'So much hope': Pears Building welcomes UCL scientists as institute opens

Reza Motallebzadeh with patient Pradip Patel

Surgeon and researcher Reza Motallebzadeh with patient Pradip Patel helped open the UCL Institute of Immunity and Transplantation at The Pears Building. - Credit: Royal Free Charity

Scientists from the UCL Institute of Immunity and Transplantation (IIT) have moved into The Pears Building, with up to 200 expected in total. 

The £60m institute is a collaboration between the Royal Free Charity, UCL and the Royal Free London NHS Foundation Trust (RFL), on the grounds of the Belsize Park hospital. 

The partnership of scientists investigating the human immune system, working alongside doctors, nurses and patients, hopes to develop new treatments more quickly for global health problems, including Covid-19, type 1 diabetes and cancer. 

Institute director Professor Hans Stauss said the new facility is “dedicated to the patient-focused research of the human immune system”. 

He said: “The facilities in the new building will help us develop treatments to ‘turn up’ the immune system to respond to a threat from, say, a coronavirus, or to recognise cancer cells as a danger.  


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“We also explore ‘turning down’ the immune system in order to stop the rejection of transplanted organs and to treat autoimmune diseases such as type 1 diabetes, rheumatoid arthritis and multiple sclerosis. 

“The final cluster of our research is around different inherited conditions, such as primary immunodeficiencies, in which faulty genes affect how the body’s immune system works.” 

scientist Martina Milighett

Martina Milighetti is a PhD student working on understanding how T cells recognise their targets during an immune response. - Credit: Royal Free Charity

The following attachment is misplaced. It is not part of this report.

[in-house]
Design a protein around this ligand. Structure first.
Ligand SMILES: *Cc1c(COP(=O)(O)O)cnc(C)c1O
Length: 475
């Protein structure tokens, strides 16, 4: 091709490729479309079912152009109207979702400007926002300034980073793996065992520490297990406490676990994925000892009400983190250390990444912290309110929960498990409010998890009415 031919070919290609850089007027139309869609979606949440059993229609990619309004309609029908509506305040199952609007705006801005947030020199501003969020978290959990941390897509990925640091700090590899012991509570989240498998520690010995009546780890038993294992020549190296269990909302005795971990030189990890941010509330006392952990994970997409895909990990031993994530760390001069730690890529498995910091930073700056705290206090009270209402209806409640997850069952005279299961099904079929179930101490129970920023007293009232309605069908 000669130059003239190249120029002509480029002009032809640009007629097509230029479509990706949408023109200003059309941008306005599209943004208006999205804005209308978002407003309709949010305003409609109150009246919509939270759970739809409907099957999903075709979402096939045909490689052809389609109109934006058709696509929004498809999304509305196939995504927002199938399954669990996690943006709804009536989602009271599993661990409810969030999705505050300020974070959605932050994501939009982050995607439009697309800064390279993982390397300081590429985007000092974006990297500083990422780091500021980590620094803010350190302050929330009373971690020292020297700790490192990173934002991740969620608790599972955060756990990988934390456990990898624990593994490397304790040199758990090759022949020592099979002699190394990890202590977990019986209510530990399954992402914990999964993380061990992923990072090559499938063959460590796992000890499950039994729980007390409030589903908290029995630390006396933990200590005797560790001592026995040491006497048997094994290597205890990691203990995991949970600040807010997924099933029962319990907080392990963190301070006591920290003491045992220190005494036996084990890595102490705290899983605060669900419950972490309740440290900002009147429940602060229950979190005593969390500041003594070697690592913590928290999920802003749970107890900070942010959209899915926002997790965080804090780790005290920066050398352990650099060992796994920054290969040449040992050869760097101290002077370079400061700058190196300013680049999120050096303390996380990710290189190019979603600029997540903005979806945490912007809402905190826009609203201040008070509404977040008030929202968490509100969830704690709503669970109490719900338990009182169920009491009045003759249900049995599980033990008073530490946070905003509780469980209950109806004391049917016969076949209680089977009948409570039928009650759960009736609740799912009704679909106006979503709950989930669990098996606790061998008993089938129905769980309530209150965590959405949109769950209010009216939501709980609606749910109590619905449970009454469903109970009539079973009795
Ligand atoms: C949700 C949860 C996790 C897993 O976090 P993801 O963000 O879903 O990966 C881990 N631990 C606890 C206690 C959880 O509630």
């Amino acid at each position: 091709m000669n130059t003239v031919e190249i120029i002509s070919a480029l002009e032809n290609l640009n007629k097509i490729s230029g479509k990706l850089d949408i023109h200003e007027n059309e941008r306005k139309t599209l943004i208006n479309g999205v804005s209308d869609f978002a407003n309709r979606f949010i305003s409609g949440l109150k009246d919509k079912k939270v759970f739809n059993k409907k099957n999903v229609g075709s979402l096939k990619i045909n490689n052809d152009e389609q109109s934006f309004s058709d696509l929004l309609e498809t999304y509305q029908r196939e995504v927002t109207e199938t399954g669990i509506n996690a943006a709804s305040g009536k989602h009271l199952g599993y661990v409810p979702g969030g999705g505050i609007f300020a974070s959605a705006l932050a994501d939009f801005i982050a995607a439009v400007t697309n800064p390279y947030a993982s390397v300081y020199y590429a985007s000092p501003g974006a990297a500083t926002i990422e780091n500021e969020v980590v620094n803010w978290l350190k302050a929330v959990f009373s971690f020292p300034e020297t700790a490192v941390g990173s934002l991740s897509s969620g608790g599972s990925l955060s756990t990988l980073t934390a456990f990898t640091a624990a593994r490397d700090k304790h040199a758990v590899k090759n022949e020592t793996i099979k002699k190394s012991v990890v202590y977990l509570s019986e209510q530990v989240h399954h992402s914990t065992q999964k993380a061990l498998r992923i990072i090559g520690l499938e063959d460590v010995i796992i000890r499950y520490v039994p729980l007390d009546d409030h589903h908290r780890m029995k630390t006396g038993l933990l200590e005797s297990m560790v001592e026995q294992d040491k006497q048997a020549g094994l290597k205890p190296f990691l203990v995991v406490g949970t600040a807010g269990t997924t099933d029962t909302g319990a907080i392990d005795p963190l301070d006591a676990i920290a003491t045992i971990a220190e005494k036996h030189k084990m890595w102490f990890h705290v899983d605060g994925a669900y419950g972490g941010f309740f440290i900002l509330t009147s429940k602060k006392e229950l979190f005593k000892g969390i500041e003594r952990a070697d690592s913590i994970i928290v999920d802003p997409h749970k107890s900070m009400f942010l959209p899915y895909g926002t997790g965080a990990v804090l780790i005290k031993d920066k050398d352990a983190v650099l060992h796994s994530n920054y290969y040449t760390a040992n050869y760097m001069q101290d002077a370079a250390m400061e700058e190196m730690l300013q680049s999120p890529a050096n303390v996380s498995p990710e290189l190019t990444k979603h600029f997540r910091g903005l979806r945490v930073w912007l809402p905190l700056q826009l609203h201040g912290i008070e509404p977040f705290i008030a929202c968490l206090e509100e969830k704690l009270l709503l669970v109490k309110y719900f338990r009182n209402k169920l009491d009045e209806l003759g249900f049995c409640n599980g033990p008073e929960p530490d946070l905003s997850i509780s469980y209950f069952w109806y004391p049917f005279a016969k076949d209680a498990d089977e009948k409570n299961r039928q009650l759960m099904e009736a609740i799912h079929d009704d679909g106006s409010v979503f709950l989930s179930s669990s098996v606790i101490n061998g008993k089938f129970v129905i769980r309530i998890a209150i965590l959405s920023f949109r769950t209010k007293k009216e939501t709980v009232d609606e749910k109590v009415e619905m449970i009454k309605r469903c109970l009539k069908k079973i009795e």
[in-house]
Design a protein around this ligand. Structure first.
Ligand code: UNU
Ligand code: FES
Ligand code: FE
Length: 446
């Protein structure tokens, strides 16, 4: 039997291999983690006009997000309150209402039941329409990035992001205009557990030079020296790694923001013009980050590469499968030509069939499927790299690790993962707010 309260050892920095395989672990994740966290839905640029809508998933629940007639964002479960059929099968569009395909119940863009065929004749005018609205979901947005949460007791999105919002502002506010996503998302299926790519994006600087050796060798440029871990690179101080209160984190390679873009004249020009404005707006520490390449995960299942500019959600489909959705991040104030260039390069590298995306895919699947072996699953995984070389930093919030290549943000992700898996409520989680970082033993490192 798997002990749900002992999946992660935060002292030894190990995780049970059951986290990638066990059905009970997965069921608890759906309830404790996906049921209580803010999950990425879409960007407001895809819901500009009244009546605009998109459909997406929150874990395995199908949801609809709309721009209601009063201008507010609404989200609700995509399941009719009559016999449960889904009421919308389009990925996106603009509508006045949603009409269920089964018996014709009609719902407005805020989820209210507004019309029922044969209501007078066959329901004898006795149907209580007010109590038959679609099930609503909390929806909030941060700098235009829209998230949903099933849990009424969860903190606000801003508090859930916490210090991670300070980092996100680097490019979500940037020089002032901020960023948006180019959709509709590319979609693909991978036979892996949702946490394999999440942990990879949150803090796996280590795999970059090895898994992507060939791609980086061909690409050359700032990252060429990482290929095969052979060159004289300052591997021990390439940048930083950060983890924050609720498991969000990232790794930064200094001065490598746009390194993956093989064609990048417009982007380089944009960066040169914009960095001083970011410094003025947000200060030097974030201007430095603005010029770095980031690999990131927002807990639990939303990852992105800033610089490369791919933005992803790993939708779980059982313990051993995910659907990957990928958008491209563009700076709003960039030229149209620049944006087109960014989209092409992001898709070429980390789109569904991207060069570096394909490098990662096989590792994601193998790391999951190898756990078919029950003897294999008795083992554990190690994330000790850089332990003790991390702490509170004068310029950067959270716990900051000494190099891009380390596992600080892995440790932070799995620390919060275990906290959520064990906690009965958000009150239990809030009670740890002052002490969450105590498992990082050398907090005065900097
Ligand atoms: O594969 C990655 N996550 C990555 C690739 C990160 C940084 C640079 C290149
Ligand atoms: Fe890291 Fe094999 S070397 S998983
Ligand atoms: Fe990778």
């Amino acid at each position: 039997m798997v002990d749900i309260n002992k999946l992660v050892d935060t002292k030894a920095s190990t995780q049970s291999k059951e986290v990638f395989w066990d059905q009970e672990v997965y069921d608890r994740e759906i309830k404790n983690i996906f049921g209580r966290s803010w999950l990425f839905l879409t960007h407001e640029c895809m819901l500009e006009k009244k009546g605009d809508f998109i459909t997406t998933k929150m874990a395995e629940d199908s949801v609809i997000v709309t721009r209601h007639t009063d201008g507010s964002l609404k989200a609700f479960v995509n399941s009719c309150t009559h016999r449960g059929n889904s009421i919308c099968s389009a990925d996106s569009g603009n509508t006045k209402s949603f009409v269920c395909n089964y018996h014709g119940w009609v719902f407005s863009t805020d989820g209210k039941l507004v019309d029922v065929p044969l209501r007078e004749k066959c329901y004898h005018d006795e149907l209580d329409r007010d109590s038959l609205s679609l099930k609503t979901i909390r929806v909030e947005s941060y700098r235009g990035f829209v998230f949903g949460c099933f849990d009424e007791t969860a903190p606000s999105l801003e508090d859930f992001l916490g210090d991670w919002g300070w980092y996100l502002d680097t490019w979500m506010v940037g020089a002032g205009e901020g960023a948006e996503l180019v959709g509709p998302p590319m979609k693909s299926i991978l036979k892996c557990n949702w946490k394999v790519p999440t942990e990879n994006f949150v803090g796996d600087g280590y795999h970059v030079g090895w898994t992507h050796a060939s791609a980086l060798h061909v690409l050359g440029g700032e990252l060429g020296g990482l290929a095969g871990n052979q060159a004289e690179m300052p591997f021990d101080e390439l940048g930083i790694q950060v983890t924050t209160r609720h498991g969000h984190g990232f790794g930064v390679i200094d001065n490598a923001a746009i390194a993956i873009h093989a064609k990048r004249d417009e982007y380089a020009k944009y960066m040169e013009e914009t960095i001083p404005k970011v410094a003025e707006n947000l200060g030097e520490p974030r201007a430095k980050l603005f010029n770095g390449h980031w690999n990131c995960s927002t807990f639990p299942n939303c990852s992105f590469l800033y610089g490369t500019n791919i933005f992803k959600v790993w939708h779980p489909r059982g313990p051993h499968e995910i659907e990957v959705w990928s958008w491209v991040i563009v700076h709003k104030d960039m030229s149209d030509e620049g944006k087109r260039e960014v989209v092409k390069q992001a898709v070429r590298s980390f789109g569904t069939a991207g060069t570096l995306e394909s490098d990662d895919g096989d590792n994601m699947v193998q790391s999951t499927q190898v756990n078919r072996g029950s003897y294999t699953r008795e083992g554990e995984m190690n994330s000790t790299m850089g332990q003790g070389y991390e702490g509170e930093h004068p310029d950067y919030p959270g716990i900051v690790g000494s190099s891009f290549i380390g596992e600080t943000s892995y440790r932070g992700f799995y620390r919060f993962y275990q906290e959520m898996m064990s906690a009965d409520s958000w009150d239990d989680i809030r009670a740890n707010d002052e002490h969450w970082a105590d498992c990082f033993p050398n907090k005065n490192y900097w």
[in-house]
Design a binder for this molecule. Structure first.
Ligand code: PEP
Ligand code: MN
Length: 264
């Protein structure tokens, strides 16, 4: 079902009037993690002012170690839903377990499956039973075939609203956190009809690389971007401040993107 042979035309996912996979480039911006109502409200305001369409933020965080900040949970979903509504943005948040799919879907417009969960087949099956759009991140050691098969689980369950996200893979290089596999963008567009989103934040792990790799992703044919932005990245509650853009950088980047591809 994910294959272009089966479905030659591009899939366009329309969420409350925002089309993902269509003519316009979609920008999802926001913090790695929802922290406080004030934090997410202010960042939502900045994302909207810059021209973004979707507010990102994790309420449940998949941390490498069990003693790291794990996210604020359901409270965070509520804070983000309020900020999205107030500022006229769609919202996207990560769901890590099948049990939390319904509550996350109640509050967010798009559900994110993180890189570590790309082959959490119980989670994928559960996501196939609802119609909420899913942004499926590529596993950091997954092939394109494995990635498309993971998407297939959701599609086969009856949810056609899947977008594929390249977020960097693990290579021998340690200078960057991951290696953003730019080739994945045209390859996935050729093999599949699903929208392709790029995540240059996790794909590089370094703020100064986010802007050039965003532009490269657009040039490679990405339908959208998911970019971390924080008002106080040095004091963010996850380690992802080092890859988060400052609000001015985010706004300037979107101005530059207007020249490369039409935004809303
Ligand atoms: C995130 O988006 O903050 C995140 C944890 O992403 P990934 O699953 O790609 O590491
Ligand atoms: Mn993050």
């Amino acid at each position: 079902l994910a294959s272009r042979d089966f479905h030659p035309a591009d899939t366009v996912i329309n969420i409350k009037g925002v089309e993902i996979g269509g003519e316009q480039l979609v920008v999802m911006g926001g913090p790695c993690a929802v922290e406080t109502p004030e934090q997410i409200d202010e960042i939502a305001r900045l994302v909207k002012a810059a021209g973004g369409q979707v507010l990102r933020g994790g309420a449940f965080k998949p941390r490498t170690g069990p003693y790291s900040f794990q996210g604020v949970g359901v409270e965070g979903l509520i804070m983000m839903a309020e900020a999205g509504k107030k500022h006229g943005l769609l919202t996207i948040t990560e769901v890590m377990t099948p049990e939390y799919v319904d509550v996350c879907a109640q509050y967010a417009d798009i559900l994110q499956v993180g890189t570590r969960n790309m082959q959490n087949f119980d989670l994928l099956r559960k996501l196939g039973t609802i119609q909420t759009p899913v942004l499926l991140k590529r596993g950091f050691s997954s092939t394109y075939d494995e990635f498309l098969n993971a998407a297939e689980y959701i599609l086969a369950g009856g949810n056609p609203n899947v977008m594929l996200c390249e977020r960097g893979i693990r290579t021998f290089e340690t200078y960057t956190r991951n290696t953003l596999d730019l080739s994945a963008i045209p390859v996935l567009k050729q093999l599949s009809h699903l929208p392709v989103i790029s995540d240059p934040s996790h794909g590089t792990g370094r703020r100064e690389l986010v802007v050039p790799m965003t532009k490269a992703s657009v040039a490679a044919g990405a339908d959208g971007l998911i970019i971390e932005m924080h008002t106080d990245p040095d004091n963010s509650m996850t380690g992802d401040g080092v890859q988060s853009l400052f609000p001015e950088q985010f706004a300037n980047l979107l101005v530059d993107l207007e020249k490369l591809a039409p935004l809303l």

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Pradip Patel, who lives in Southgate, hopes research at the IIT could transform outcomes for patients like him in the future. 

In 2017, Pradip had a kidney transplant at the Royal Free Hospital but, days later, his immune system saw the new kidney as a ‘foreign object’ and started attacking it. 

He had two further operations and was given powerful drugs to suppress his immune system and dialysis to ensure waste products would continue to be removed from his bloodstream until the new kidney started working properly.  

Pradip went on to raise £16,000 through a charity golf event which was donated to the institute. 

Jon Spiers, chief executive of the Royal Free Charity, said: “The huge generosity of our donors, particularly the Pears Foundation, is what has made this unique collaboration possible and we are deeply grateful to them for helping us to bring so much hope to patients here and across the world.” 

Royal Free London group chief executive Caroline Clarke said: “Our expansion of the institute will give many more of our patients the opportunity to take part in ground-breaking research.” 

Last month, Debbie Cleeve-Evans, 54, was the first patient to stay in new accommodation on site.

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